Gabriel Badea wanted a long wheelbase to handle a highly specified body on a truck with only one drive axle, he was looking for a very specific truck. Paul Matthei speaks with him about his operation’s different requirements.
BODY///While the bulk of Gabriel Badea’s work involves delivering construction products such as timber and steel to building sites around the greater Melbourne area, he also does some longer runs to pick up timber from saw mills in the NSW and Victorian high country.
On those longer runs to pick up timber from saw mills in the NSW and Victorian high country it can be treacherous during the winter months. In spite of the icy and slippery road conditions, he says electronic braking on both the truck and trailer, along with the traction control on the truck and a careful driving style, ensure safe operation at all times.
“When travelling up the mountains near Tumut in the wintertime when the roads are icy and slippery I have never felt unsafe, both the truck and trailer just stick to the road like glue,” says Gabriel.
He looked at several European brands prior to his latest purchase, eventually choosing Scania due to a number of factors. He also stresses that it is currently the only brand to offer the 8×2 configuration in Australia.
Another drawcard, according to Gabriel, is that the this truck offers the longest wheelbase of all the brands, at 7.1 metres, straight from the factory.
“I didn’t want to buy a truck then spend a lot of money to get the chassis lengthened to fit the body length that I wanted,” says Gabriel.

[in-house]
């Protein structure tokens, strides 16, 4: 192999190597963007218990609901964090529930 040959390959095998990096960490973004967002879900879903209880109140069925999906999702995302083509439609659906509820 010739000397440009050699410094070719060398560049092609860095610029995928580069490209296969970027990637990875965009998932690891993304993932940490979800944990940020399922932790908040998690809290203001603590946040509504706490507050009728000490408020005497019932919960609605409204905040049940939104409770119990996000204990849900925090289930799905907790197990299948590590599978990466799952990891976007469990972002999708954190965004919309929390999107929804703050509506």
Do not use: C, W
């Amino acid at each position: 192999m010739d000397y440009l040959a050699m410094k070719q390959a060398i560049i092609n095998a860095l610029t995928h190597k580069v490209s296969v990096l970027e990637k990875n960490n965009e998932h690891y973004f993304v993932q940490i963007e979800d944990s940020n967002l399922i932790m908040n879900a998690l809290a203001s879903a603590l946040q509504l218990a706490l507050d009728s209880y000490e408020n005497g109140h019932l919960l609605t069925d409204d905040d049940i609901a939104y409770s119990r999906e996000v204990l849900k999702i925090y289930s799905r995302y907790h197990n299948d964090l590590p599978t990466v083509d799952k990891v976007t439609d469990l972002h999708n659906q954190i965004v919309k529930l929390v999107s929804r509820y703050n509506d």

Part of the reason for such a long chassis is to accommodate the rear-mounted Effer 315-8s (eight extension sections) crane with a massive 21.5 metre reach and 780kg lifting capacity at full extension.
This is a vital part of the outfit, given the bulk of Gabriel’s work involves delivering building products around Melbourne and surrounds on a daily basis. He is a contractor for Vic Mesh, the manufacturer of Rebar steel reinforcing bar and mesh used in concrete slabs, and also delivers timber and steel trusses for housing and other large timber and fabricated steel construction components. He also at times uses the truck to transport heavy machinery.
As an owner-driver for some 28 years, early in the piece Gabriel worked for some of the bigger companies and then started in his current line of work delivering building materials and steel around 14 years ago.
“When I started doing this work I was using Japanese trucks and with the longer distance work I knew I needed a more comfortable truck, so that’s why I bought my first new Scania in 2009,” says Gabriel. “Scania is the only manufacturer that offers full air suspension on all axles, and that really makes a big difference to the ride comfort.”
This time around, Gabriel went straight to the top of the range and ordered the flagship S Series complete with a 500hp 13 litre six-cylinder engine mated with the Opticruise 12-speed AMT.
Introduced in 2016, the S-series features a taller and all-round larger cab with the bonus of a completely flat floor. This was achieved by elevating the cab further above the engine and while the driver needs to negotiate one extra step to gain access, once inside there is far more room to move around, including greater head room.